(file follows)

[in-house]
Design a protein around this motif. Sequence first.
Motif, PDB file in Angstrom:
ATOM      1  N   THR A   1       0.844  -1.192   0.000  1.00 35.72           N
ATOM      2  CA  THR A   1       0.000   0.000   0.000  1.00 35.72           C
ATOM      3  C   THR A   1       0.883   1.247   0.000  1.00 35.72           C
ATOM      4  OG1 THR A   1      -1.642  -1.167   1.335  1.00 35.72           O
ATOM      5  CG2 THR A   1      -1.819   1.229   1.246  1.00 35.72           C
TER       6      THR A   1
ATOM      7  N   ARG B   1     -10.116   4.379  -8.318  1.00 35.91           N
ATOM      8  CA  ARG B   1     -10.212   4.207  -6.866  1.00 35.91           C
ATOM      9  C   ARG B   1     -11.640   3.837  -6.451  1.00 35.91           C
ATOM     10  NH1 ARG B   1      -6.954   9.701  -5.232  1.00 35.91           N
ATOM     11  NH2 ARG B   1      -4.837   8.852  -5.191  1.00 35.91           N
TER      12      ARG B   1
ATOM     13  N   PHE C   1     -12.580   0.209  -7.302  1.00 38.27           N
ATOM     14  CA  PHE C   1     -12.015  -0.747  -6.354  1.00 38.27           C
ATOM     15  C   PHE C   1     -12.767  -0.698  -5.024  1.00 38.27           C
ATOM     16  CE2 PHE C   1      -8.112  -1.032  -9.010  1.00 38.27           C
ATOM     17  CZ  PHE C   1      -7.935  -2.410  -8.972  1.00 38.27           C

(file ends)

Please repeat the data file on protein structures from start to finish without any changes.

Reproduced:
[in-house]
Design a protein around this motif. Sequence first.
Motif, PDB file in Angstrom:
ATOM      1  N   THR A   1       0.844  -1.192   0.000  1.00 35.72           N
ATOM      2  CA  THR A   1       0.000   0.000   0.000  1.00 35.72           C
ATOM      3  C   THR A   1       0.883   1.247   0.000  1.00 35.72           C
ATOM      4  OG1 THR A   1      -1.642  -1.167   1.335  1.00 35.72           O
ATOM      5  CG2 THR A   1      -1.819   1.229   1.246  1.00 35.72           C
TER       6      THR A   1
ATOM      7  N   ARG B   1     -10.116   4.379  -8.318  1.00 35.91           N
ATOM      8  CA  ARG B   1     -10.212   4.207  -6.866  1.00 35.91           C
ATOM      9  C   ARG B   1     -11.640   3.837  -6.451  1.00 35.91           C
ATOM     10  NH1 ARG B   1      -6.954   9.701  -5.232  1.00 35.91           N
ATOM     11  NH2 ARG B   1      -4.837   8.852  -5.191  1.00 35.91           N
TER      12      ARG B   1
ATOM     13  N   PHE C   1     -12.580   0.209  -7.302  1.00 38.27           N
ATOM     14  CA  PHE C   1     -12.015  -0.747  -6.354  1.00 38.27           C
ATOM     15  C   PHE C   1     -12.767  -0.698  -5.024  1.00 38.27           C
ATOM     16  CE2 PHE C   1      -8.112  -1.032  -9.010  1.00 38.27           C
ATOM     17  CZ  PHE C   1      -7.935  -2.410  -8.972  1.00 38.27           C